The prospects for a trade agreement that excludes Canada remain uncertain. For weeks, lawmakers from both parties in Congress have expressed little enthusiasm for the idea. Three powerful business groups — the U.S. Chamber of Commerce, the Business Roundtable and the National Association of Manufacturers — also oppose excluding Ottawa, and said as much in a letter to Lighthizer this month.

Under U.S. trade law, the bilateral trade deal with Mexico must be published 60 days before it can be signed by both parties. The White House faces a Sunday deadline to meet that goal and give outgoing Mexican President Enrique Peña Nieto an opportunity to sign the accord. President-elect Andrés Manuel López Obrador is to take office on Dec. 1.

Strategist: Four Scenarios Possible

Cowen Washington Research Group strategist Chris Krueger said there are four likely scenarios for the trade kerfuffle, the most likely of which would be that Sunday’s deadline is missed and López Obrador, aka AMLO, would be required to sign any trilateral NAFTA 2.0 agreement.

“We remain cautiously optimistic for a deal with Canada on NAFTA 2.0 though the Sept. 30 ‘AMLO deadline’ looks increasingly like it will be missed,” Krueger said. “AMLO is a nationalist left wing firebrand who is a bit of a combination of Bernie Sanders and Donald Trump whose inclusion raises the political risks.”

That said, Krueger said observers “have lost track of how many deadlines have been missed with NAFTA. One more won’t really matter too much, though it definitely brings more risk. In terms of a Congressional coalition of the willing, the White House is expecting energy interests and organized labor to come out in favor, given the energy benefits in the U.S.-Mexico deal regarding settlement disputes with energy companies and the pro-union automotive rules of origin.”

The oil and gas industry is eager to preserve the investor-state dispute settlement (ISDS) provision of NAFTA. ISDS protects U.S. investors, including oil and gas companies, from unfair treatment or asset seizures by host nations.

The next likely scenario, Krueger said, is for Trump to move ahead with the bilateral deal with Mexico and initially call Canada’s bluff — with the goal of Ottawa joining the agreement later.

“Without Canada joining, we do not see how this new U.S.-Mexico deal will become ratified in the next Congress — regardless of who controls the House or Senate,” Krueger said. He added that under this scenario, Peña Nieto would sign the U.S.-Mexico language and AMLO would sign onto additional language for a U.S.-Canada component at a later date.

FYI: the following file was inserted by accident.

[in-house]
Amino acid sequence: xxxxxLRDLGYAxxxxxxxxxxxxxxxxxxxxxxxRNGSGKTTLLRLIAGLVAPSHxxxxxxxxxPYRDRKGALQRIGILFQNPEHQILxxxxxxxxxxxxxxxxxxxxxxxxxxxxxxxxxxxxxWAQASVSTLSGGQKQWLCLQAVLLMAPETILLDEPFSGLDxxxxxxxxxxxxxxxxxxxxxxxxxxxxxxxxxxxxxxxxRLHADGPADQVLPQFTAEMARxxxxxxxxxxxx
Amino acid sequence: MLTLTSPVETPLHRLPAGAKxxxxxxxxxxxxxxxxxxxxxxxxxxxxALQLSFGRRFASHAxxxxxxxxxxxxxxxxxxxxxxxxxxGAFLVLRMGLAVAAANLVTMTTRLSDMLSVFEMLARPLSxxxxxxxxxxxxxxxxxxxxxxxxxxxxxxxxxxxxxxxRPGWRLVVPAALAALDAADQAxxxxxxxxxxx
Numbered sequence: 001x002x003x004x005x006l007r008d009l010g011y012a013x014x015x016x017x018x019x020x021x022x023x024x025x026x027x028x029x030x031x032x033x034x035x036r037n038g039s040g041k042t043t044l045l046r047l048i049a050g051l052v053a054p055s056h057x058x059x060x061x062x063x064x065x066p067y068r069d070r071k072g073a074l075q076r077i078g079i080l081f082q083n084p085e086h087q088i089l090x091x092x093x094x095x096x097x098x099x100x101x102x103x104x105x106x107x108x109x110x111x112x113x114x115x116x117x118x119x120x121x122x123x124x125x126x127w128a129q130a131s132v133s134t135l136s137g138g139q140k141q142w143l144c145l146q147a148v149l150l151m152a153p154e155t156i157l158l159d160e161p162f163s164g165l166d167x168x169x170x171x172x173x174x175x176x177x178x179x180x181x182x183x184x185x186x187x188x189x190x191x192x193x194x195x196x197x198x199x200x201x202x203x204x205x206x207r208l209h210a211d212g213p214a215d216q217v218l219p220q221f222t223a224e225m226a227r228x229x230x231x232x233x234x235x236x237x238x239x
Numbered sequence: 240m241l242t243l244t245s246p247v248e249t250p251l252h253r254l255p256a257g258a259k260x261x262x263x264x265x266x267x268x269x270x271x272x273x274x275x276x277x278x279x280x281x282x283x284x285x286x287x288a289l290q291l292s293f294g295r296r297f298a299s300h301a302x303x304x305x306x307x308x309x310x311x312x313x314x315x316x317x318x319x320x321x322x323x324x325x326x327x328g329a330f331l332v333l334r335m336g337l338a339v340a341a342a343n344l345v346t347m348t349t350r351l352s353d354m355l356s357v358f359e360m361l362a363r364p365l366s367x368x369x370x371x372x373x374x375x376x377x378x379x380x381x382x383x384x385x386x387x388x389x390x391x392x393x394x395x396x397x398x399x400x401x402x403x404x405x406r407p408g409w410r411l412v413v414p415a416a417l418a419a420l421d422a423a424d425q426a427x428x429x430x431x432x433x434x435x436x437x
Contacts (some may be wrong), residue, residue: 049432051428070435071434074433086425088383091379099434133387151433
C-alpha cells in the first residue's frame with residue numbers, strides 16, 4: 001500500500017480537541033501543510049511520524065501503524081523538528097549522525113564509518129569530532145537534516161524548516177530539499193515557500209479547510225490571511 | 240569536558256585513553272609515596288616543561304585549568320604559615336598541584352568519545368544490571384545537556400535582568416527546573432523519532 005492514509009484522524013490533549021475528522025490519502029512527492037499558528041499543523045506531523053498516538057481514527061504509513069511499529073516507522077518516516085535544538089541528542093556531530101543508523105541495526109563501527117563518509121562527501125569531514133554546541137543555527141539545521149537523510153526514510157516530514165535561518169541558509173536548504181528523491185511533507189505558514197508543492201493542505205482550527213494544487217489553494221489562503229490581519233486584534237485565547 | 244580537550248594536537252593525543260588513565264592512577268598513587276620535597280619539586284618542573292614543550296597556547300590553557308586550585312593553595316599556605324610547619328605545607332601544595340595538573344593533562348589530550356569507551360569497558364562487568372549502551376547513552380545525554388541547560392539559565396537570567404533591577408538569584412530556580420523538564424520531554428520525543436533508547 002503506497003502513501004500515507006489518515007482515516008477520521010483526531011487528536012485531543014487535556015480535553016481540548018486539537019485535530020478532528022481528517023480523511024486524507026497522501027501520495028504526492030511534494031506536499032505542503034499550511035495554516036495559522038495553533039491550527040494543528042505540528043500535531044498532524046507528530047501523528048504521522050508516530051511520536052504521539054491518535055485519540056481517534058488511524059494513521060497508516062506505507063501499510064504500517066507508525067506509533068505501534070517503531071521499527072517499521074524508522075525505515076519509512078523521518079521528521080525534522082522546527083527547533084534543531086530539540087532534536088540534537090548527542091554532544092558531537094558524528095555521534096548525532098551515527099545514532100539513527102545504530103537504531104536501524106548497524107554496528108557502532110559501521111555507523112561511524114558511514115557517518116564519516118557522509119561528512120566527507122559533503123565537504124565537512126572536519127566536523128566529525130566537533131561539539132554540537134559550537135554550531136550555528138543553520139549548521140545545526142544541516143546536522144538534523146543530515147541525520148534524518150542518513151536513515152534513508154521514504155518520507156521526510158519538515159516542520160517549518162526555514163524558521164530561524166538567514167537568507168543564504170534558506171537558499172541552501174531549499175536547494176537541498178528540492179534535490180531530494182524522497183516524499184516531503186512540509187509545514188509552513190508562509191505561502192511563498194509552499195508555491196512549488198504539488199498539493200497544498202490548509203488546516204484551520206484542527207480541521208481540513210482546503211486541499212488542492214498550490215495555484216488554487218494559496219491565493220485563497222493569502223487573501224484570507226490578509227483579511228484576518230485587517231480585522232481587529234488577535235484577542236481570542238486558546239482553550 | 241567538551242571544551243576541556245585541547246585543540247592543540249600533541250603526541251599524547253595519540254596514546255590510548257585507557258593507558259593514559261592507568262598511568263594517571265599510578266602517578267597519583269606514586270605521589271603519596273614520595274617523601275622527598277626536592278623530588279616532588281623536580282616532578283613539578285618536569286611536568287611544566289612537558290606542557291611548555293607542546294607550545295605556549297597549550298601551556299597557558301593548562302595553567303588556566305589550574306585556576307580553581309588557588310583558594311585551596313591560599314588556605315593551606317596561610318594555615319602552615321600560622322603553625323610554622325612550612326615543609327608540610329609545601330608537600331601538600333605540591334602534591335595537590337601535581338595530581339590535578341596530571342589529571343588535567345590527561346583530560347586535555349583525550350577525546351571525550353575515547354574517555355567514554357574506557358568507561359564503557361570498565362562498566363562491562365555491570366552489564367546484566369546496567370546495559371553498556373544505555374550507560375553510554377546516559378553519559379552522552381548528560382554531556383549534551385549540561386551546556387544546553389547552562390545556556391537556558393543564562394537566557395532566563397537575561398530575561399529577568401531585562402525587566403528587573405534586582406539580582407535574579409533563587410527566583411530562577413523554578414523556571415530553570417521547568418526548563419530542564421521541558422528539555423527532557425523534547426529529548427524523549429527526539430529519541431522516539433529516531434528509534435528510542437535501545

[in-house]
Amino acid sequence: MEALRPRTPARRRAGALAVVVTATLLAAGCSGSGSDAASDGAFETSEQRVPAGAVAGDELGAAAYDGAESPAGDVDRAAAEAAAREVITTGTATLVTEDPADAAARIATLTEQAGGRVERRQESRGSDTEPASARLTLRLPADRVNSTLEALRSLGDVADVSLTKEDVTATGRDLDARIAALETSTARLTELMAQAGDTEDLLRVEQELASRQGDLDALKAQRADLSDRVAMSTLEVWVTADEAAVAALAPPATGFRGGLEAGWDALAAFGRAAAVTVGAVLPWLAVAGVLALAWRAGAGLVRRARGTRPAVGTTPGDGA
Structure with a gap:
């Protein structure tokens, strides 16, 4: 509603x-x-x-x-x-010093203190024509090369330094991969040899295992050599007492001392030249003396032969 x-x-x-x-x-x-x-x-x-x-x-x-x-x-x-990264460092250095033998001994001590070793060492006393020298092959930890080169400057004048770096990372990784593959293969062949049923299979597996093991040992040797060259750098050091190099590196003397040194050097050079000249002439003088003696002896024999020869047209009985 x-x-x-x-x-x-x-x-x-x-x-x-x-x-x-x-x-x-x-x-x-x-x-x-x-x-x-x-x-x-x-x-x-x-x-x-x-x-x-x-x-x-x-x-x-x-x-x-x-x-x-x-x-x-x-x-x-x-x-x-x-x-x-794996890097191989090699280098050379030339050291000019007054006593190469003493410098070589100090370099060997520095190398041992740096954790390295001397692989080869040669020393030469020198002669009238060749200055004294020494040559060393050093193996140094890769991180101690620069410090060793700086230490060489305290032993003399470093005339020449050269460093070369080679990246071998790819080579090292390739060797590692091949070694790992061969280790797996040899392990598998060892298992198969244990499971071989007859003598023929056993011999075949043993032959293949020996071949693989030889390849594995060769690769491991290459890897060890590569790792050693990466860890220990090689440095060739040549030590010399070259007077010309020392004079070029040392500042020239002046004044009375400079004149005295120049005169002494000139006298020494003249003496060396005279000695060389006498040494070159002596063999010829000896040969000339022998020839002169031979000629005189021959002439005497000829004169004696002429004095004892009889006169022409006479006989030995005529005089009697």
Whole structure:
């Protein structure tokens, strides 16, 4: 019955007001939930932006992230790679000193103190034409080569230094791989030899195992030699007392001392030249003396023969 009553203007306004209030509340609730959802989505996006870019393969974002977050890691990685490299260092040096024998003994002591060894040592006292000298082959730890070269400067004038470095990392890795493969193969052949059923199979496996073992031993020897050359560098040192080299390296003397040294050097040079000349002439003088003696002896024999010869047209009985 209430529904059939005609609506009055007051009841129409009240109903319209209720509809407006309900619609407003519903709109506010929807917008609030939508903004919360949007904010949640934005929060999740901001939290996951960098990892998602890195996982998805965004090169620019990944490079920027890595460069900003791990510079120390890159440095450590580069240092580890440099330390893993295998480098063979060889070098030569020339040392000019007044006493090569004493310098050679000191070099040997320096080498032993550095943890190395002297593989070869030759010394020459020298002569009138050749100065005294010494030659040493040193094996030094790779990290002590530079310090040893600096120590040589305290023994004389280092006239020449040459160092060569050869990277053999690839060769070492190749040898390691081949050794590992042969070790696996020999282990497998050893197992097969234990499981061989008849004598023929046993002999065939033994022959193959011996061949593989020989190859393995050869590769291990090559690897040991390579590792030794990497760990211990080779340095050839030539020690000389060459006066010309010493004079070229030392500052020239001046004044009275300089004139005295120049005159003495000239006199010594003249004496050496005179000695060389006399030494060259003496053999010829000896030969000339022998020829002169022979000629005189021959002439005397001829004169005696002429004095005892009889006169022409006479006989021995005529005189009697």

“This is perhaps a distinction without a difference, but likely an easier political move in Mexico City,” Krueger said. “The general idea is that Trump and Lighthizer send the U.S.-Mexico deal to Peña and the Congress and dare the Canadians to be left out in the cold only to see the Canadians fold following the Quebec elections on Oct. 1 and bend the knee.”

Less likely is a third scenario where Trump sends the Canadian prime minister and the Mexican president a written notice dissolving NAFTA, which would then become official six months later. According to Krueger, Article 2205 of the agreement makes it “very easy to void.” No Congressional approval is required, he said.

“There exists the uncomfortable reality of Trump’s view of NAFTA and the potential that this all ends in a raging dumpster fire,” Krueger said. “Trump has an instinctive hatred for multilateral deals with a special venom reserved for NAFTA first among all others. If we take Trump literally and seriously, this is the logical outcome that is hiding in plain sight.”

Krueger thinks the least likely scenario would be for Canada to cave by Sunday. It’s unlikely, he said, because dairy farmers “hold incredible sway” in Quebec, and any concession on dairy could impact the political fortunes of Trudeau’s Liberal Party.

“Still, if Canada comes to the table and agrees to a deal by Sept. 30, it makes passage in the U.S. a lot easier, but still hugely dependent on the midterms,” Krueger said. “If the GOP holds the majority (in our opinion a low probability), the deal will likely be approved. If the Democrats win the House, it is going to be a lot tougher.

“We obviously need to wait and see what happens in a final deal, but with high profile criticisms from business lobby groups and GOP senators, this is going to be a long slog.”